Property Law

Insulation Requirements

The Residential Tenancies Amendment Bill (“the Bill”) comes into force on 1 July 2016. This will impose new obligations on residential landlords from this date in relation to insulation installed in ceilings and underfloors. 

If you are a social housing provider, and an income-related rent has been calculated for the tenants in a residential property, then current insulation and insulation installation requirements may be applicable to you from the 1 July 2016. However, if a tenancy is signed after this date, a landlord has 90 days from the tenancy’s commencement to comply with the new obligations. The requirements will be applicable to the remainder of residential landlords by 1 July 2019.

A Q&A released by Cabinet recently (available at, states that the Government has decided an exception will be made for local authority housing and housing owned by Government other than Housing New Zealand Corporation, giving them until 1 July 2019 to comply with the new requirements in relation to insulation installation.

All residential landlords must include a declaration of the level and condition of insulation currently installed in tenancy agreements entered into after 1 July 2016. If this is unknown, a third party will have to assess it. The Bill goes no further in specifying exactly what is required, but the Government should shed more light on this closer to 1 July 2016.

Insulation levels are expressed as ‘R-values’, which is a figure that measures the insulation’s thermal resistance. For insulation already installed, different requirements have been set for timber framed properties, and masonry properties. These are listed in Table 1 below as R-values:

TABLE 1 – Insulation’s (already installed) minimum requirements:

Timber-framed minimum Masonry minimum
Ceiling R 1.9 Ceiling R 1.5
Underfloor R 0.9 Underfloor R 0.9

These R-values were set after 1978, so properties built after 1978 are likely to comply with these requirements if the insulation is also in a ‘reasonable condition’ ie. not excessively compressed, damp, or damaged.

If there is currently no insulation installed or it is not up to the minimum standards stipulated in Table 1 above, then it must be either topped-up or replaced to meet the following R-values set in Table 2 below:

TABLE 2 – Insulation minimum requirements if installed but doesn’t meet 1978 requirements:

Zone1 & 2 Zone 3
Ceiling R 2.9 Ceiling R 3.3
Underfloor R 1.3 Underfloor R 1.3

Zone 2 is applicable to the Bay of Plenty, Zone 1 applies to the Far North, and Zone 3 applies to the Central Plateau of the North Island, and all of the South Island.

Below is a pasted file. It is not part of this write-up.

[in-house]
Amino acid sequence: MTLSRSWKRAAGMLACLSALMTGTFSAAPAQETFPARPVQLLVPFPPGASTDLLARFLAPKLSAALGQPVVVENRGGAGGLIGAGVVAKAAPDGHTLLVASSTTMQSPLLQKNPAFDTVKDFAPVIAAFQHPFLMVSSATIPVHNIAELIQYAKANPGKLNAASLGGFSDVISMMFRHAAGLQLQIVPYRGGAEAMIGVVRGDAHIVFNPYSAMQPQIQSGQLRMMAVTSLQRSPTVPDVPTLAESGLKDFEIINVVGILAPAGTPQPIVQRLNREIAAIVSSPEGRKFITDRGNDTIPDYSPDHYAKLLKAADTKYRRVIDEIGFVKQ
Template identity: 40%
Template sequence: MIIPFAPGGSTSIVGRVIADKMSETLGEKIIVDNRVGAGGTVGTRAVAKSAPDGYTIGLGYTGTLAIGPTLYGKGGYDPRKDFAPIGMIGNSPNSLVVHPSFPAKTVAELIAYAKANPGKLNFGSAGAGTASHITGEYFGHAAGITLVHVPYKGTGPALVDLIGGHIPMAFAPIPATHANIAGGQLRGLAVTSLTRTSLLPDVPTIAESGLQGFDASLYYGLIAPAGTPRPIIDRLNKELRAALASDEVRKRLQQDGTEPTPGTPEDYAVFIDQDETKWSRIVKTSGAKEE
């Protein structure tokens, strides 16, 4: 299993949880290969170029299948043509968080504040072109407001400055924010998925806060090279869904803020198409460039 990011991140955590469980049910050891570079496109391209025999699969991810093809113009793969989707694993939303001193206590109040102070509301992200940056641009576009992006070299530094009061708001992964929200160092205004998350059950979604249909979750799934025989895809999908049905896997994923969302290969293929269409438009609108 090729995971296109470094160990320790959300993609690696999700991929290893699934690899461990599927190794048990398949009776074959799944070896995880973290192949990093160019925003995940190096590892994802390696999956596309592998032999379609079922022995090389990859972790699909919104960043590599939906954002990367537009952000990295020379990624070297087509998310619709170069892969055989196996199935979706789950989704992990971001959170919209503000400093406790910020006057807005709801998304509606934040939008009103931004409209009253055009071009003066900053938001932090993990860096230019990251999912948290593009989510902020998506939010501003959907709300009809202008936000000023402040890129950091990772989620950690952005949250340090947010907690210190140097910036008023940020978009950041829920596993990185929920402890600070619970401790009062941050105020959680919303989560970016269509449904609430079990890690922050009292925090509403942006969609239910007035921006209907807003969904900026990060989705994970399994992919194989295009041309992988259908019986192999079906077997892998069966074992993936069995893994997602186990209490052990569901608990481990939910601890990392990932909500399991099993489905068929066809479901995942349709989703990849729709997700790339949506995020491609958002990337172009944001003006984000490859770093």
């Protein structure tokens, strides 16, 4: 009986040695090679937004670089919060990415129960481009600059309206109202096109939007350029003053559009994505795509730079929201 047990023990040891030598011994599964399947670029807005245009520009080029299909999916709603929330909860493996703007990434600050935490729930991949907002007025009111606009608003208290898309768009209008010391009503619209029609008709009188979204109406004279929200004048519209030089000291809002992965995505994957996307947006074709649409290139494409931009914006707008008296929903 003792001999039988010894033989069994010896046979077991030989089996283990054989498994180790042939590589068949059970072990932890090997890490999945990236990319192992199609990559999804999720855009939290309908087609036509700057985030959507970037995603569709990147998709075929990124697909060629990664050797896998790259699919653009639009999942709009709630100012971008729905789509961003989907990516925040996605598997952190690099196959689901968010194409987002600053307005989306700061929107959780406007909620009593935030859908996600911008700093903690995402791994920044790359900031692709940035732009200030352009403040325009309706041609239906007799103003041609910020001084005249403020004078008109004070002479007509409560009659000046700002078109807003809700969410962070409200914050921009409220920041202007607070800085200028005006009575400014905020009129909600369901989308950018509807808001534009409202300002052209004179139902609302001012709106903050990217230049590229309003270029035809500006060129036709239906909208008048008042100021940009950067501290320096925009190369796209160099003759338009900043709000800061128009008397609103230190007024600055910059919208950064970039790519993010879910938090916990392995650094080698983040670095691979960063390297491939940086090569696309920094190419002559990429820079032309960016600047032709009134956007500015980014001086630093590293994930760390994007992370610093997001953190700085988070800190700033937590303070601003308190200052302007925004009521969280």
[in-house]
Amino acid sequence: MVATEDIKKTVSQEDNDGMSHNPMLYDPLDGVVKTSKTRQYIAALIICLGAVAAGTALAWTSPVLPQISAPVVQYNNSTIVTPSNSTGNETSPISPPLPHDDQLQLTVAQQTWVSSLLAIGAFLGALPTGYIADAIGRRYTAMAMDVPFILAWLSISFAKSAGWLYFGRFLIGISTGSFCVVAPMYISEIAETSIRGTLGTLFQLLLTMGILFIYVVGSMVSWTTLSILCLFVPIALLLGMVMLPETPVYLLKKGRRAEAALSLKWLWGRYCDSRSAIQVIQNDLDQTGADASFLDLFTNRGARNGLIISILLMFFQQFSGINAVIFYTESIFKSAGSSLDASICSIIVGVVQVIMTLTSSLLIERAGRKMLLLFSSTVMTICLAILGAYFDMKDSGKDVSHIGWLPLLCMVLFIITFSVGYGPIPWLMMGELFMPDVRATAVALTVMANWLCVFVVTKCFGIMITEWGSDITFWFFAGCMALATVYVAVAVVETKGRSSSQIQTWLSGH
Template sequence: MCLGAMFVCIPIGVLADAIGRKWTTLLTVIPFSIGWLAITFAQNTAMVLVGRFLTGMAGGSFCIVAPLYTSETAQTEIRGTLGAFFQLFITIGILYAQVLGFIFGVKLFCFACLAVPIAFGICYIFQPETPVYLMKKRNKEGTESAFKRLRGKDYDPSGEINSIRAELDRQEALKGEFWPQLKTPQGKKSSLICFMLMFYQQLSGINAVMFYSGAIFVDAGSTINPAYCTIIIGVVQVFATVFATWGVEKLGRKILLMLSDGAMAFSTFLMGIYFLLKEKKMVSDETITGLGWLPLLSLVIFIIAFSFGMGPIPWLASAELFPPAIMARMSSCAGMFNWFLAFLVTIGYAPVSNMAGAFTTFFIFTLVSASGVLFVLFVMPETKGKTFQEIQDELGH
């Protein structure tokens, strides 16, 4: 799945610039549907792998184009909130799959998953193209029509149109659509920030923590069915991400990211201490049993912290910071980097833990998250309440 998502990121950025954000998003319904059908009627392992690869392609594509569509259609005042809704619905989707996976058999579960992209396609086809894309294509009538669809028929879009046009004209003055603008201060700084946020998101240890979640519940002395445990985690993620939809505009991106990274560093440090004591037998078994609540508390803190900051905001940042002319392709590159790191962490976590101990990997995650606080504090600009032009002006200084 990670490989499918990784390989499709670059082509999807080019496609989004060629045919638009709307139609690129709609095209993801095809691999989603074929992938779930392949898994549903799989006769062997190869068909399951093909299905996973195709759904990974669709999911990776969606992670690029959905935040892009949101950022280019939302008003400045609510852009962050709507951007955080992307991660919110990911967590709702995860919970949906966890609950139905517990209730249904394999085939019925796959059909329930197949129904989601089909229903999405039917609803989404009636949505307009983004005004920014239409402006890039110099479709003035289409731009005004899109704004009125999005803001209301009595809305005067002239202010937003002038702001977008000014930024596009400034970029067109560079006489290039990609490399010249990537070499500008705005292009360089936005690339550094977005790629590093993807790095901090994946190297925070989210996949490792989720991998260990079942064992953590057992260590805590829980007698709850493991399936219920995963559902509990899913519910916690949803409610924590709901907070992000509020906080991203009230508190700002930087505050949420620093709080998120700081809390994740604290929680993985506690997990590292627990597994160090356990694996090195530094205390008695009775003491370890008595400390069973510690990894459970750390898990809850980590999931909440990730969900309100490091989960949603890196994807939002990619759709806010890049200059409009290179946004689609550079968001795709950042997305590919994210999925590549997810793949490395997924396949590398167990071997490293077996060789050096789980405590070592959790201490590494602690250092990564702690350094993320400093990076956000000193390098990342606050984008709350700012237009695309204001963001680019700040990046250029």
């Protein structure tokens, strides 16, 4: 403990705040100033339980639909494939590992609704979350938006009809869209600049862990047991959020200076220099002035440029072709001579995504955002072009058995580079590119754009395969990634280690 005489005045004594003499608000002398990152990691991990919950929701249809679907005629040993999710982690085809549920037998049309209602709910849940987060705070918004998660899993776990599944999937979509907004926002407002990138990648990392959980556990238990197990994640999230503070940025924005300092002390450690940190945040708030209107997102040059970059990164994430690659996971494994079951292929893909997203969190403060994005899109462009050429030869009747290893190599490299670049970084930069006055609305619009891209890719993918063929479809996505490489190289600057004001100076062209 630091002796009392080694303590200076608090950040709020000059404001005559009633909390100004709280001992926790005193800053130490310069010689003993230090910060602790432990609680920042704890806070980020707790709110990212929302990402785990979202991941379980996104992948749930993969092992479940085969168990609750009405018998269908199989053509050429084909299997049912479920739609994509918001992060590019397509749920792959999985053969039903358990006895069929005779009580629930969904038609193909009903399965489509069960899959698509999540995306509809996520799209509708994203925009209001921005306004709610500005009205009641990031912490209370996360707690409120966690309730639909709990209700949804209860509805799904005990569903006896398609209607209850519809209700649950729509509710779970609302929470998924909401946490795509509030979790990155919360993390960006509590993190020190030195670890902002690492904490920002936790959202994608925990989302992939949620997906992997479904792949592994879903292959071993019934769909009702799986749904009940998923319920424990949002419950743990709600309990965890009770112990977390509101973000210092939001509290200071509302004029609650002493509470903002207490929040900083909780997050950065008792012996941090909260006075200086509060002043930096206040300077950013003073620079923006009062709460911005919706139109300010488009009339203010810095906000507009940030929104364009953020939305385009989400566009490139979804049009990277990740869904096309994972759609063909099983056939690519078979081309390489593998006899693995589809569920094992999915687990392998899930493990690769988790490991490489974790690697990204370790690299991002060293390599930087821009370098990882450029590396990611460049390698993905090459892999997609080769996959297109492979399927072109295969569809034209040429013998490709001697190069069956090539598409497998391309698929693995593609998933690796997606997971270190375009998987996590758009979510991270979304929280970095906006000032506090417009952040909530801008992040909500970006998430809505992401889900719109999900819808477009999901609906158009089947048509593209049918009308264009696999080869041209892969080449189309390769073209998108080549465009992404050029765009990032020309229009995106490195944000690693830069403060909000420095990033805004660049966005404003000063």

Certain exceptions may apply if:

  • it is not practical to retrofit insulation (due to the design of the property);
  • the landlord intends to demolish or substantially rebuild within 12 months of the commencement of tenancy; or
  • the property is purchased and immediately rented back to the former owner (this only lasts for 12 months from the date of purchase).

It is also important to mention that the installation of electrically conductive insulation (such as foil), will be banned from being installed in all residential rental properties from 1 July 2016.

Smoke Alarm Requirements

The Bill also imposes new obligations on all residential landlords in relation to smoke alarms from 1 July 2016. In summary, these are:

  • There must be a working smoke alarm within 3 metres of each bedroom door.  A self-contained unit must have at least 1 smoke alarm.
  • The landlord is responsible for making sure these are in working order at the beginning of each new tenancy, however the tenant is responsible for replacing the batteries during the tenancy.
  • Long-life photoelectric smoke alarms must be used as replacements. Hardwired smoke alarms are also acceptable.
  • Each alarm must be replaced in accordance with the manufacturer’s recommended replacement date and comply with Australian Standard AS3786:1993 (both of which will be recorded on the alarm itself, or its packaging).


If there is a failure to comply with any of these requirements, this will qualify as being an ‘unlawful act’ under the Residential Tenancies Act, which may incur a fine of up to $3,000. However, failure to adhere to requirements in relation to the installation of electrically conductive insulation mentioned above may incur harsher penalties.

This article does not constitute legal advice. Readers should obtain specific legal advice before making any decisions or taking any action based upon information contained in this article.